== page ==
Entertaining column from academic Stanley Fish, no fan of G.W. Bush. But, he notes that the president will probably enjoy lofty approval after he leaves office:

And the fact is that he’s likable. I don’t mean on the superficial level of being someone you’d want to have a beer with. It’s deeper than that. He comes across as a basically decent man who is at peace with himself. Despite the fun poked at his verbal maladroitness, he is actually quite skillful (certainly more skillful than either Al Gore or John Kerry) in conveying his positions succinctly and persuasively. (He didn’t win two national elections — well, maybe one — by accident.) He may not be an intellectual, but he isn’t dumb and he is shrewd enough to play his “aw shucks” personality for all it’s worth. And he has a really good sense of humor (something Barack Obama seems to lack) and a comedian’s ability to make capital out of his own malapropisms. Putting aside the agendas for which he will no longer be held responsible, what’s not to like?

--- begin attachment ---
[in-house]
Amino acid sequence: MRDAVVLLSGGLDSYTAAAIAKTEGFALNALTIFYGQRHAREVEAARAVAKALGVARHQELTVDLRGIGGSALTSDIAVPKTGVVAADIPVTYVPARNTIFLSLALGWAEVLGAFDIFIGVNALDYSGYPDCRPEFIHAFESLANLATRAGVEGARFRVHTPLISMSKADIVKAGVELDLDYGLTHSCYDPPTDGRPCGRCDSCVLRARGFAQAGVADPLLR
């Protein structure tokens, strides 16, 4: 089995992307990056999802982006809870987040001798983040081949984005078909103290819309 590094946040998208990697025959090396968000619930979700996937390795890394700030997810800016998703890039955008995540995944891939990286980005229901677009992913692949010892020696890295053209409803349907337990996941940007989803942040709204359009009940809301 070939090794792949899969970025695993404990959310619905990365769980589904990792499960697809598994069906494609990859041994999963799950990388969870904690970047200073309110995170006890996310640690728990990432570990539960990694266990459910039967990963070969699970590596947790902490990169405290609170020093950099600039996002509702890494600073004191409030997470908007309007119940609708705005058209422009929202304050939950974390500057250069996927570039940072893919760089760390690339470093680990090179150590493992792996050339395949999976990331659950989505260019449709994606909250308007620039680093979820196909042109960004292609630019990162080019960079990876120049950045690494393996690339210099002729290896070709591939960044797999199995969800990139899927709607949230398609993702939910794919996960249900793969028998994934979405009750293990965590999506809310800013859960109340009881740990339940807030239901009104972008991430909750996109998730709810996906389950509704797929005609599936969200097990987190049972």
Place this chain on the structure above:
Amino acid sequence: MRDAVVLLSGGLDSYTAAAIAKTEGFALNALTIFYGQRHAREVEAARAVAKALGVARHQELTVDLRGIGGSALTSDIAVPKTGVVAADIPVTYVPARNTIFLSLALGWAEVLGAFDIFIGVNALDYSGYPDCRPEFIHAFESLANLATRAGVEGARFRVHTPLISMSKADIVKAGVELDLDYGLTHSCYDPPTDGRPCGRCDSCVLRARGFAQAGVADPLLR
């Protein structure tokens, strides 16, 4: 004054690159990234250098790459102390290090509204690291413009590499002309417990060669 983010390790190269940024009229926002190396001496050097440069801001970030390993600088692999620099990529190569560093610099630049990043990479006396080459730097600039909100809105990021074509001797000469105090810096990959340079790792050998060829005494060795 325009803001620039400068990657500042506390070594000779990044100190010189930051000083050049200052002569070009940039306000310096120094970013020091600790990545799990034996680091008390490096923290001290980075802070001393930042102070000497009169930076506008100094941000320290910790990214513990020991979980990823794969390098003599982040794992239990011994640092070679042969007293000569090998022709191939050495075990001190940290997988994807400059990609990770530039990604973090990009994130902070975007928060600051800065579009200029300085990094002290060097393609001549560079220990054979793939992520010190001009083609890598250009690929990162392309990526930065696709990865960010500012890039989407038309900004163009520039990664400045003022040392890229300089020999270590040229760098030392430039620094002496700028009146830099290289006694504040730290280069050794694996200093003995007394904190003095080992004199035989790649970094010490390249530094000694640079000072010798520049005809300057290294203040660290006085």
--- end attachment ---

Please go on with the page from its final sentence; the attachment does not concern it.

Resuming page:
In addition, the road to rehabilitation will be shorter for him than it was for some of his predecessors. It took a while for Harry Truman’s feistiness to erase the memory of the 22 percent favorable rating he had at the end of his tenure. Richard Nixon had to make his way back from disgrace, and he did it being smarter than anyone else (he was, I think, the smartest president of the 20th century) and becoming an astute political commentator and historian. Jimmy Carter just continued being good and after a while it payed off in a Nobel Prize. Bush I’s basic, undemanding decency kept shining through after he left office. Bill Clinton and Ronald Reagan didn’t need rehabilitation; each would have won a third term easily and still could (even though Reagan is dead).

He even suggests a future career for the soon-to-be ex-president — baseball commissioner. Now, that’s an idea I can support.